BIHAM (Theta Pegasi). Several things draw us to bright-fourth- magnitude (3.53, just fainter than third) Biham, Theta Pegasi (in Pegasus, the Flying Horse), not the least of which is the tortured name. It seems to have been originally applied to both Theta and nearby faint-fourth (4.40) Nu Peg, which lies just 1.5 degrees to the southwest of Theta. Kunitzsch and Smart give that it derives from a longer phrase "s'ad al Biham," meaning the "Lucky Stars of the Young Beasts," Allen's call closely similar. The name is commonly also given as "Baham." Unlike "Sadalbari," which applies to both Lambda and Mu Pegasi, "Biham" has been given over entirely to Theta (by which the stars is clearly best called). Otherwise, Theta Peg is a more or less ordinary class A (A2) dwarf with a temperature estimated at 8570 Kelvin. A distance of 92 (plus or minus 2) light years gives us a luminosity of 25 times that of the Sun and a radius of 2.3 times solar. Application of theory then leads to a mass of 2.1 times that of the Sun and an age of roughly 500 million years, which is about half-way through the star's billion-year hydrogen-fusing lifetime. The chemical composition is more or less solar, with about a factor of two reduction in iron and the like, and about the same enhancement in some lighter elements, not much given the propensity of class A dwarfs to have wildly odd compositions thanks to gravitational settling of some elements and radiative lofting of others. Perhaps the rapid rotational speed of at least 137 kilometers per second keep things stirred up (such speed leading to a rotation period of under 20 hours). Rapid rotation, though leads to other problems, such as uncertainty in temperature (the star having warmer poles and a cooler equator as a result of rotational bulging), which in turn factors into uncertainties in chemistry, even color and class, the star being redder than suggested by its A2 designation. Unlike lots of other class A stars (Vega, Fomalhaut), no circumstellar disk has been detected. Theta Peg had a bit of a reputation as a Delta Scuti (or some sort of) variable, but later work has shown constancy. Biham may be best known as part of a pointer toward one of the sky's grand globular clusters, Messier 15. A line drawn from it through Enif (Epsilon Peg) points right at it. Lying roughly 34,000 light years away, M15 (visible in binoculars) is one of the most centrally-concentrated globulars known. Containing more than half a million solar masses, and perhaps as many as a million stars, M15 has occasionally been suspected as harboring a medium-mass central black hole.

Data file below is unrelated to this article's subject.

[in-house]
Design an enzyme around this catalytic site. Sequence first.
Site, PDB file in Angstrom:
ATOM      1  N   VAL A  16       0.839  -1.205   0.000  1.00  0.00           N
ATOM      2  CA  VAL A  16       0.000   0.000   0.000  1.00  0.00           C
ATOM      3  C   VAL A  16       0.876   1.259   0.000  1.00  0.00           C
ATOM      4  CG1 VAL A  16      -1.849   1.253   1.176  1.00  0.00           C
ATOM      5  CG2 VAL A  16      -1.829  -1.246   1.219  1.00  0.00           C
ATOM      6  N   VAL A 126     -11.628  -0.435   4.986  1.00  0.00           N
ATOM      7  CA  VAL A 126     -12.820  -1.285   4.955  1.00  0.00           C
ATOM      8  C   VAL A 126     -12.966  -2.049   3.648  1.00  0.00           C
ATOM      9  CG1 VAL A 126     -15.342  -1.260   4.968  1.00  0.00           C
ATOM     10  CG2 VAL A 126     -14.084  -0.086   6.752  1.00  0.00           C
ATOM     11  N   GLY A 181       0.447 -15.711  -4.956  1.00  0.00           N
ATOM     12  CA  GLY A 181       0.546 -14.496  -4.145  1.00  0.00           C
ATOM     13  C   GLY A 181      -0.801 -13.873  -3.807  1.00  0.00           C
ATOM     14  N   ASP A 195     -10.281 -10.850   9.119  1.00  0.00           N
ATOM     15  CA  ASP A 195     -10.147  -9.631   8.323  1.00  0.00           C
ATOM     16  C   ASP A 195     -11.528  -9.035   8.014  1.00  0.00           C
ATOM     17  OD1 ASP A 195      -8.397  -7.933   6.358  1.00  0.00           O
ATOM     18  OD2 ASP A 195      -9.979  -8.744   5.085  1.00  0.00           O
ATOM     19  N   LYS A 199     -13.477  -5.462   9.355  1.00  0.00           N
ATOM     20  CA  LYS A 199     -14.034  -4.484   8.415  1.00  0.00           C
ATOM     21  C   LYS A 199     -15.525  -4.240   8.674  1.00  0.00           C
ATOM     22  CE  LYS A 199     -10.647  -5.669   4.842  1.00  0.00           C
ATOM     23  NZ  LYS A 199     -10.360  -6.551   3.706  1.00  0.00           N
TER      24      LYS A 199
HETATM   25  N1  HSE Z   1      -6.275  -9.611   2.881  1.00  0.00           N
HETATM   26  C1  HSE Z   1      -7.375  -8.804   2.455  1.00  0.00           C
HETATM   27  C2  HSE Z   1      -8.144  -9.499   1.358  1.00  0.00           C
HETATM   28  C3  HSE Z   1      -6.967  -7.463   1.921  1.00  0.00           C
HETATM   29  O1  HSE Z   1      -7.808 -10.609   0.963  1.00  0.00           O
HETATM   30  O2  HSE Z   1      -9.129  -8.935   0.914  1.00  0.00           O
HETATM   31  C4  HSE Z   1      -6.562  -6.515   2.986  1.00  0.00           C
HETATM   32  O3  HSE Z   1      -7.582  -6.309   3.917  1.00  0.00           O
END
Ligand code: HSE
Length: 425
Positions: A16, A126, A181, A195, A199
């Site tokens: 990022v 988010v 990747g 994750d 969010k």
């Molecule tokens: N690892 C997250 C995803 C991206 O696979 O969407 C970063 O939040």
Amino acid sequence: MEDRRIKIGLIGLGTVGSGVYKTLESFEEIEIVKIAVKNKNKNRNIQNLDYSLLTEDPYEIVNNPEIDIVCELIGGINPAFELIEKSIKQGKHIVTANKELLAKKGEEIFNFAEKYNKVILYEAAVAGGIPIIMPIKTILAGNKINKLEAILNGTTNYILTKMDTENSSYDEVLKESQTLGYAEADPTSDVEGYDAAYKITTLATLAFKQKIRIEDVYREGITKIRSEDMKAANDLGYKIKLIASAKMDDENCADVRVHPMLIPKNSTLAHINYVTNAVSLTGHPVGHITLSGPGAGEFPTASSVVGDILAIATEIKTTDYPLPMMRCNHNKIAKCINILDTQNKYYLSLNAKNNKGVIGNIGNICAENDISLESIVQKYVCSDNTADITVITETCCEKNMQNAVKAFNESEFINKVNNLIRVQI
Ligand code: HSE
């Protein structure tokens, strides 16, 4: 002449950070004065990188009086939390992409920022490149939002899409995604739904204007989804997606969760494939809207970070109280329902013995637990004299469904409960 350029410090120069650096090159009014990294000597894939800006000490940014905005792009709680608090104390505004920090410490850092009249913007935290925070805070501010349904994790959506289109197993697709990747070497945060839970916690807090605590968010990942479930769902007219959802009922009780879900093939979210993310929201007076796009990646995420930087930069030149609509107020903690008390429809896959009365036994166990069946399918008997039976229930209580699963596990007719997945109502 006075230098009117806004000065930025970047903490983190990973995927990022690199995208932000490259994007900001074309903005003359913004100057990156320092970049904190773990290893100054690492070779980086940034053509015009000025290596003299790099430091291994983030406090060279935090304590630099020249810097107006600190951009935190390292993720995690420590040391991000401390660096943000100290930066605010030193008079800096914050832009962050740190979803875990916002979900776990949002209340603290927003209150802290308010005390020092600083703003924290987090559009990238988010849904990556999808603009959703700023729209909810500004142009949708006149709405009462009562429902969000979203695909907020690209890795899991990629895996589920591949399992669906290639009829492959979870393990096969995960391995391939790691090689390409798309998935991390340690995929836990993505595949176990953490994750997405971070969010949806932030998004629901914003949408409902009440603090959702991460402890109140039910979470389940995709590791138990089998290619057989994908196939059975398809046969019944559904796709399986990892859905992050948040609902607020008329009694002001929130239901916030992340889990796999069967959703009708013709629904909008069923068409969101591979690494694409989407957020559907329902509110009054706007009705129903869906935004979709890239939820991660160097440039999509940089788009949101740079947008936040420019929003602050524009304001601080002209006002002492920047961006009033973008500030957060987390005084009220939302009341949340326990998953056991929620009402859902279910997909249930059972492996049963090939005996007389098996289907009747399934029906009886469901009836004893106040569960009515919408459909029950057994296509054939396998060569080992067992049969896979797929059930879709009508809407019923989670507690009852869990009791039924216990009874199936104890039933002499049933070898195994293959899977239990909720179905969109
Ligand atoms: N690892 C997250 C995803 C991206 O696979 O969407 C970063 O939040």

Written by Jim Kaler 10/15/10. Return to STARS.